So, to return to our church group in the third dimension, they had some major problems which I think many Christians and non-Christians do. First: How can Man be made in the image of God if Man evolved from one-celled organisms? [An aside: I accept the theory of evolution as I do the theory of gravitation (with some caveats; and with the knowledge that the fundamentals of gravity are probably even less well understood than evolution). Evolution is a powerful and accurate way to understand the natural world within the framework of science.]
For my part, I asked the church group what they thought that God looked like. Does he really look like an old man with a white flowing beard and white robes full of lightning bolts? Every human being looks different; which one of us does God look like? I think most people would agree that God has no real current physical manifestation: he is a purely spiritual being. If he is a spiritual being then the outer shell that houses the image of God is of an arbitrary shape, and there is no requirement for what it looks like or even that it remains unchanging. The vessel of the image of God could look like anything, from a single-celled organism on up. The key is that the image of God, the spiritual being, would most likely be itself a spiritual being, that is, the soul. God filled the vessel of his choosing with a god-like soul, and thus Mankind lives as the image of God regardless of how Man achieved his current body shape (though there is no reason God couldn’t have had some hand in that, as well, or that other living things can’t also have some manifestation of a soul). This directly relates to the sort of dual existence of man, as a corporeal being and a spiritual being. I’ve talked before about how I think these two essences of man relate; that is, the body and mind exist here in this three dimensional space, and the soul communicates with the mind kind of like a two-way radio.

Secondly, the church group had a problem with God’s ever-presence. Already we have seen how the sphere could seem to be God-like. Merely by having the perspective of the third dimension, the sphere could see the shapes and locations of all of the people in the square’s plane; he could even see the inside of the square itself. It is natural for the scientific mind to scoff at the idea that God could be simultaneously everywhere and “invisible”, or that the soul could be at once inside you and yet located nowhere. But after all, the third dimension is infinitesimally removed from any plane, and yet completely unmeasurable by the people who live in that plane. Heaven, the realm of God, the plane of the divine, whatever you want to call it, could be almost tangent at every point to our world and yet completely unmeasurable. No one would even be able to point his finger in the direction to be measured. One could ask of my former ponderings, “How do the soul and mind communicate, and over what distance?” The manner by which they communicate is of course unknown (though NuTang[middaymoon] has some good ideas), but the distance across which they communicate could be practically nothing, with no logical gaps in our understanding of space.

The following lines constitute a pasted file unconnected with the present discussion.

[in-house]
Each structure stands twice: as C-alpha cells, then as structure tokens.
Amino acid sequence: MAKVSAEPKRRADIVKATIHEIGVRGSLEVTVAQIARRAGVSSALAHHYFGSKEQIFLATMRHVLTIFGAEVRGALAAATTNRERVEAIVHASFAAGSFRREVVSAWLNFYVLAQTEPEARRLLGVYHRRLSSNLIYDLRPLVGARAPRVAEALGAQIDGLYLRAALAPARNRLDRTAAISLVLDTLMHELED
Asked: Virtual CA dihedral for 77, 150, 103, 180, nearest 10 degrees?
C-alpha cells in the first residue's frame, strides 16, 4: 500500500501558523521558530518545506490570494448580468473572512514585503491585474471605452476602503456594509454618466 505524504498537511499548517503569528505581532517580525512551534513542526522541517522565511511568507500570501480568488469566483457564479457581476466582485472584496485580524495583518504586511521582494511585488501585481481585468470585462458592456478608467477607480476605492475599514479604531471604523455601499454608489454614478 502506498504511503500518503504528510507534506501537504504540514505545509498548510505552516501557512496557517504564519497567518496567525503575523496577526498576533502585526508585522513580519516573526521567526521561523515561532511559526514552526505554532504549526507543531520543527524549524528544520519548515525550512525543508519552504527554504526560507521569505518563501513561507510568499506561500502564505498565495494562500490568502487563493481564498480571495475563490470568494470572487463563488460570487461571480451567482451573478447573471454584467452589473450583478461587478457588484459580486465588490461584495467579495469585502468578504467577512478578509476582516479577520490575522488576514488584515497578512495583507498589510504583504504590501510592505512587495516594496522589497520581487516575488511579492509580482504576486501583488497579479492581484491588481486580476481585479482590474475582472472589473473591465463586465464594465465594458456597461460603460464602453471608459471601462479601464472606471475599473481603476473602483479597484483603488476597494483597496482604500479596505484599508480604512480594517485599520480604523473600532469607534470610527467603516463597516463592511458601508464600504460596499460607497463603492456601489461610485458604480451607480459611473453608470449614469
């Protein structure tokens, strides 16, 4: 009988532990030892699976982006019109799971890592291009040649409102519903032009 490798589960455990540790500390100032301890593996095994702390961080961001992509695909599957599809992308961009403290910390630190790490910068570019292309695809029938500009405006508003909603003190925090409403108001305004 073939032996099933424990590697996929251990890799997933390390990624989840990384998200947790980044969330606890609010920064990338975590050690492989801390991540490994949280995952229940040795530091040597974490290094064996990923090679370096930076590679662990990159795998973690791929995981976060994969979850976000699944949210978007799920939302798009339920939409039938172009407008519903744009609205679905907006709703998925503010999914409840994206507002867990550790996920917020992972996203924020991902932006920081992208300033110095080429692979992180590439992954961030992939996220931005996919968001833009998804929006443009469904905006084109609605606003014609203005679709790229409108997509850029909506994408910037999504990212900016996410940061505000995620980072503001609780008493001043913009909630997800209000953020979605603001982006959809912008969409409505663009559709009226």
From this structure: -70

So the question then is perhaps, “what is special about God?” To a square, any being of three dimensions might seem like a God. Is Heaven really just a fourth spatial dimension, along with many more (perhaps the 26 or so required for string theory?) I don’t think so. One must consider time, since time is another dimension, but one which is experienced completely differently than any of the other dimensions. Why is time different from the spatial dimensions? After all, a point which is translated through space is a line. A line, translated through space, could be a square. A square, translated through space could be a cube. A cube translated through space is perhaps a hypercube, but a person translated through time is a life, isn’t it? Why?

I would guess that the dimension of God would be a dimension like time in that it is experienced in a completely different way from the other known dimensions. Just as the sphere could create miracles by sliding in and out of the square’s plane, so God might create miracles by sliding in and out of the known Universe, disturbing the fabric of space-time.

Thus I end by saying that while many people interested in science tend to employ a type of “practical atheism” while in engaging the incredibly rewarding pursuit of the Game, this practical atheism does not have to amount to Doublethink or outright hypocrisy. The mere fact that such Doublethink exists in the mind of the Christian scientist undermines both his desire to be a good scientist and his desire to be a good Christian. One shouldn’t be afraid to think and reason and talk about the seemingly contradictory facts of religion and science. One shouldn’t shun scientific reasoning on the basis that it will undermine the faith. One shouldn’t shun religion on the basis that it will undermine the Game. Instead, we should see the Game as a vector subspace of reality, and see that all natural processes belong as elements of both the Game and of reality, but that all of reality doesn’t belong in the subspace of the Game. True faith would allow a person to explore every corner of the universe with the knowledge that the proof of the non-existence of God will not be forthcoming.